|Yet again I can't find a free-use image appropriate to|
tonight's show. So here's a lovely picture of Dr Who
sexpot Karen Gillan signing an autograph.
Karen shares a surname with a well-known rock
vocalist and looks like Jim Kerr, thus has many valid
links with TOTP.
Photo by MangakaMaiden [CC-BY-2.0],
via Wikimedia Commons
It's the magical kingdom of Top of the Pops. But what tourist hotspots and ancient wonders will we encounter on our journey?
Only Dave Lee Travis can tell us, for it is he who's our guide into strange realms tonight.
And we launch straight into the mighty Brendon. I have at least learned how to spell his name in the fortnight since his previous appearance.
Not only that but his band're actually stood near him this week.
He's not exactly what you'd call a looker but he seems a lot happier to be here than he did last time out – and he's having a good old go at trying to get the audience moving.
Blow me down if he isn't succeeding - and it's not every act that can make that boast when it comes to the infamously zombie-esque TOTP audience.
Dave Lee Travis has a woman on his T-shirt but I can't make out who.
He's introducing us to, “A woman who's been singing for a long long time,” prompting the thought she must be getting tired by now.
But no, it's Elkie Brooks - and she's showing no signs of fatigue.
It's surely her best ever record; Pearl's A Singer. I believe Leiber and Stoller produced this.
There was clearly something in the water in 1977 because, the way they're dressed, she and her band could pass for Manhattan Transfer.
This has to have the least inspired bass line in the history of popular music but it's an appealing song, so who cares?
This song always brings to mind Roy North singing Earl's A Winger on Get It Together. This is the second week running I've mentioned Roy North on this blog. Whoever would've thought that'd happen, way back when I launched it?
Maybe I should launch a Roy North Appreciation Blog. I feel sure it'd be a smash hit and quite the internet sensation.
Actually, thinking about it, it's hard to know why this song's meant to be taken as a sad one. Pearl's life doesn't sound that bad to me.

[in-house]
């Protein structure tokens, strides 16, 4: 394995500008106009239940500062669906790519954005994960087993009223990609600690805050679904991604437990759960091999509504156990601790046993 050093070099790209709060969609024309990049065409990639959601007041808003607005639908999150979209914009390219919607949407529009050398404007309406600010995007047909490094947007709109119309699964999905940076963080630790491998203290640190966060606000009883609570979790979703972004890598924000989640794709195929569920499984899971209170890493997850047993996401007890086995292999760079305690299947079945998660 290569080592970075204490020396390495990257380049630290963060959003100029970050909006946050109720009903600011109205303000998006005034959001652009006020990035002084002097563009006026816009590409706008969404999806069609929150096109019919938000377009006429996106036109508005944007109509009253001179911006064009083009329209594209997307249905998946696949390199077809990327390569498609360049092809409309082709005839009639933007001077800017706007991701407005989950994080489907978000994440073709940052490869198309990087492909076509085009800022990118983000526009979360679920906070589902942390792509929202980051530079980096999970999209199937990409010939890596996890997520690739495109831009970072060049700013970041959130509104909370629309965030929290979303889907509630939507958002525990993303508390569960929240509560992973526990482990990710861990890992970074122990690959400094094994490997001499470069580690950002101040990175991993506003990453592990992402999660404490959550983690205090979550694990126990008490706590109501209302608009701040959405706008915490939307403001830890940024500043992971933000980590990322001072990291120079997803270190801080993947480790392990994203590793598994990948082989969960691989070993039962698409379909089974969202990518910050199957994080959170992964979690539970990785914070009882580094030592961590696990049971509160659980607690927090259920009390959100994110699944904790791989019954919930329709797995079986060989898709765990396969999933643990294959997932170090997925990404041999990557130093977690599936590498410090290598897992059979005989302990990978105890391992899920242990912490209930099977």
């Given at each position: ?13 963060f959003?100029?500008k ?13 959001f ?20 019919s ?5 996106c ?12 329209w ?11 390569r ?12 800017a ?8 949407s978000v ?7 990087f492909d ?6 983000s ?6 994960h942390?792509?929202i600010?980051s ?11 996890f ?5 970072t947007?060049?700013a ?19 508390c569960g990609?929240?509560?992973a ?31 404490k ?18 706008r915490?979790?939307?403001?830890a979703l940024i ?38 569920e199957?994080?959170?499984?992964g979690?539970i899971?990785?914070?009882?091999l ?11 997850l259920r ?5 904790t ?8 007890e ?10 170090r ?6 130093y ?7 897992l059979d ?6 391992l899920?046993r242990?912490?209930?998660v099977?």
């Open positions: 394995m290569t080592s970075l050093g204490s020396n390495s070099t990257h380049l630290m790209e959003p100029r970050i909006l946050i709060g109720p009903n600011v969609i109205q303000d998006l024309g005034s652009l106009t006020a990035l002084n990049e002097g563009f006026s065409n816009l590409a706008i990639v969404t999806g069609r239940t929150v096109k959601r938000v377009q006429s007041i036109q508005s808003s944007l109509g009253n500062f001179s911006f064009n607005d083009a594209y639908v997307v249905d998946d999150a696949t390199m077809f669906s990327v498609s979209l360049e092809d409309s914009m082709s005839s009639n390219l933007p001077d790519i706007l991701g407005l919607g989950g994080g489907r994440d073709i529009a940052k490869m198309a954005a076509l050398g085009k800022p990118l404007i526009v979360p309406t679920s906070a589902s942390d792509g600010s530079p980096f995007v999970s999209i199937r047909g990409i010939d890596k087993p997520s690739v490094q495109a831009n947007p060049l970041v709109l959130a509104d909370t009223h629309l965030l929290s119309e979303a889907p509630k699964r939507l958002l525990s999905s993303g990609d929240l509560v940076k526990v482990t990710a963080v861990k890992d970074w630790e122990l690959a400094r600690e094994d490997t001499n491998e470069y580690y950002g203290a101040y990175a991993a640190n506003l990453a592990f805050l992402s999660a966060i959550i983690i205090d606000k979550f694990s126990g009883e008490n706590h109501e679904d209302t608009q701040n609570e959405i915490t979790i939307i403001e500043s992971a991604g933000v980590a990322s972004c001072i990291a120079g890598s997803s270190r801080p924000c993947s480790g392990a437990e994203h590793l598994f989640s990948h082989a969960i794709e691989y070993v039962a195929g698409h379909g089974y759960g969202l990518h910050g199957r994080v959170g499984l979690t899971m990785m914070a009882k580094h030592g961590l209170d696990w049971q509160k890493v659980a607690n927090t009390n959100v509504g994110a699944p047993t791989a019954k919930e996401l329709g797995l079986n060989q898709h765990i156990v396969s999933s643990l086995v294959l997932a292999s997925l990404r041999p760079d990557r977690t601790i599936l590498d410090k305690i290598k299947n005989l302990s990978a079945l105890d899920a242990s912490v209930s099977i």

Now it's The Brotherhood of Man with Oh Boy. They still haven't got round to ending all their song titles with the letter “O” yet, but're still fumbling instead with the concept of starting them with it.
I do wonder how the male members felt about having to sing lyrics clearly written for heterosexual women.
I am of course assuming the male singers were themselves heterosexual. A fact I have no evidence at all to support other than that they look like they want to be seen as such.
The girls're dressed like children's TV presenters. They're a bit Sarah Jane Smith, circa 1976.
In fairness, the girls have very good voices. They're no Agnetha and Anni-Frid but they're nice and clear nonetheless.
Graham Parker and the Rumour are back. He actually seems to have shrunk since last week. Are they sure he's not a native of Flores?
Now it's two people whose names I didn't catch.
I didn't catch the song's title either but there're two of them - a man and a woman - singing to each other while a strange contraption revolves bafflingly behind them.
“You don't have to be a star to be in my show,” they're singing.
But what is that thing revolving behind them? It looks like some new Dr Who monster. Why would they want a revolving Dr Who monster behind them as they sing?
Regardless of monsters, the singers seem very happy to be in each other's presence.
Suddenly we get women in Motoring Unit T-shirts.
Now we get the Dead End Kids. With a name like that, I can only conclude that, at last, punk has arrived.
Or possibly not.
Have I the Right? It's all very Bay City Rollers but that's no bad thing.
But you do wonder who decided 1977 was exactly the right time to try sounding like the Bay City Rollers.
It may be dated for those of us living at the cutting edge of 1977 but I can't deny I do have a soft spot for this kind of music.
Apathetic chime playing. That's something the Bay City Rollers never had.
Smokie. Somehow it wouldn't feel like TOTP without them. OK, all their records blur into one for me but I don't care. I will never get tired of listening to them.
Now Legs and Co are dancing to Boney M's Sunny. While I wouldn't want to put Legs and Co out of work, I do feel cheated at not being able to see Bobby dancing around to it.
Good grief! It's T Rex! There's one from left field. Who expected to be seeing them on the show?
I didn't. And I'm an expert.
Mostly I'm an expert at not expecting things.
He's looking a bit Johnny Depp.
I've never heard this song before in my life but it seems quite nice.
The Captain and Tenille. I wouldn't trust him to steer a boat.
They've been together since 1971. I wonder if they're still together? I hope so. I'd like to think it's all ended more happily for them than it did for the Carpenters.
Manhattan Transfer are still at Number 1, and TOTP is still using that footage.
It takes me back to the Blitz, even though I wasn't there.
I don't care what anyone says, she's just the wrong shape to have nipples.
I have realised she's actually singing, “Chanson Da Moo.” This thought leads me nowhere.
Not for the first time, they're playing out with David Bowie and Sound and Vision.
But still no Ken Morse. How did the show survive so long without a rostrum camera?
And, for that matter, just what is a rostrum camera?